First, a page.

CBK Denies Matiang'i's Claims Of Shortage Of Ksh200 Notes
CBK Governor, Dr Patrick Njoroge, revealed that the regulator had supplied enough notes to the banks for the month.
The Central Bank of Kenya (CBK) has dismissed alleged revelations by Interior Cabinet Secretary Fred Matiang'i that Kenya is experiencing a shortage of Ksh200 notes.
Speaking in a virtual address on Thursday, July 28, CBK Governor, Dr Patrick Njoroge, revealed that the regulator had supplied enough notes to the banks for the month.
He further noted that the regulator did not receive reports of the shortage of notes, adding that the supply is based on the demand by banks across the country.
An image of a bundle of notes. /FILE
"I do not know anything about the shortage of small notes. I do not know where that story is coming from. All I can say is we supply notes as demanded by banks.
"In the month of July, we supplied the banks with the equivalent of 2.1 billion of Ksh100 notes and we have a lot of stock of it," he said.
He further noted that the regulator provides the notes according to the demand and ensures adequate supply to maintain the current status of the economy in the country, allaying fears of an acute shortage of bank notes.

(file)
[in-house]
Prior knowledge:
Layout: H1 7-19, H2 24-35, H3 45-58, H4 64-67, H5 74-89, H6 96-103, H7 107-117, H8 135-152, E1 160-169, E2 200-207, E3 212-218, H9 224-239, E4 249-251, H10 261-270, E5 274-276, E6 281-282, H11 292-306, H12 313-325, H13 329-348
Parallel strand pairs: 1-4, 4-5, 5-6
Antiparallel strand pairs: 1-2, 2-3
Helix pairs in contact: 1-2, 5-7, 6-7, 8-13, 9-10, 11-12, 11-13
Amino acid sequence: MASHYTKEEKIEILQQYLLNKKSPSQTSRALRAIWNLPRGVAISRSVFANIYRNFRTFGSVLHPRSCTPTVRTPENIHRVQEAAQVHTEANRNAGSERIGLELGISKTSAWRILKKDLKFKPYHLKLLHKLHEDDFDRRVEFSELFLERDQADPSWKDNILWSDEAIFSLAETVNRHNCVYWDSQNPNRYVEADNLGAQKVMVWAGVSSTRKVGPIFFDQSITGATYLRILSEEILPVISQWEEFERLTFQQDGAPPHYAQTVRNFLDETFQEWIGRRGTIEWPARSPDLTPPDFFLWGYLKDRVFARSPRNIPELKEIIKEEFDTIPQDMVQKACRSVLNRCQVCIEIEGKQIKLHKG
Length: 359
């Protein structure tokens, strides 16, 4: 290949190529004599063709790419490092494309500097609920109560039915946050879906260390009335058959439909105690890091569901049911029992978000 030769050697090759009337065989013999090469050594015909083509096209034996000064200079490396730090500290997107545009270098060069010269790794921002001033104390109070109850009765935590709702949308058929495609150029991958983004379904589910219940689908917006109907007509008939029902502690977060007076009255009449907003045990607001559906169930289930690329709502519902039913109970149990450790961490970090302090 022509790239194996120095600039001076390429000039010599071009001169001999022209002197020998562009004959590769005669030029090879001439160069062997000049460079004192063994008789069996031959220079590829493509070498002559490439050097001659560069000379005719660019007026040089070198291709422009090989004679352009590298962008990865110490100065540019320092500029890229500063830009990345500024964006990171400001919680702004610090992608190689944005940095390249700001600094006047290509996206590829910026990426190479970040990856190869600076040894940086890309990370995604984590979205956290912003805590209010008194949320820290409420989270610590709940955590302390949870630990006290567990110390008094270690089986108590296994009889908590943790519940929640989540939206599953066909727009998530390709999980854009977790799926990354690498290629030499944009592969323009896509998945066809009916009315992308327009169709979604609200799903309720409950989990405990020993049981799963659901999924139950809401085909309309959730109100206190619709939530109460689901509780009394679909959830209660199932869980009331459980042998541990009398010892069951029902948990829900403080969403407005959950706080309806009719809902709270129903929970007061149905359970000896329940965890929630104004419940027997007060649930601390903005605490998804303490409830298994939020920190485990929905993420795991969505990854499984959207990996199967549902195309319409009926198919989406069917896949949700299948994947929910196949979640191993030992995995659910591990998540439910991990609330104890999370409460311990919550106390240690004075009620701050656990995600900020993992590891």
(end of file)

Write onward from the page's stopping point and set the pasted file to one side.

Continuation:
"When a bank demands, we provide and it is our job to ensure that there is sufficient supply for the sake of the economy," he added.
Speaking during the launch of the inaugural Money Laundering and Terrorism Financing National Risk Assessment Report (2021), on Wednesday, July 27, Matiang'i blamed a section of car dealers for colluding with the politicians to hoard the notes for use in swaying voters' decisions ahead of the August 9 general elections.
He noted that the dealers took advantage of the transition period from the old currency to the new one which saw them exchange the old notes for the new ones in quick succession.
"Car dealers changed billions of shillings. How many cars do you need to sell to be able to have billions and all these dealers are friends of senior politicians?
"They are now the ones financing all these Ksh200 and Ksh500 notes in the villages and so on," he said.
He further zeroed in on the illegal second-hand car dealers who operate in the industry without permits having relied on bribes to squeeze their way in.
The CS vowed to crack down on the dealers, in collaboration with the National Police Service (NPS).
"I have been fighting people called second-hand motor vehicle dealers, two-thirds don't have permits but they are operating because they have paid some of your people and they bribe them every day. We need to scan this environment and see what we need to do in terms of reinforcement," he added.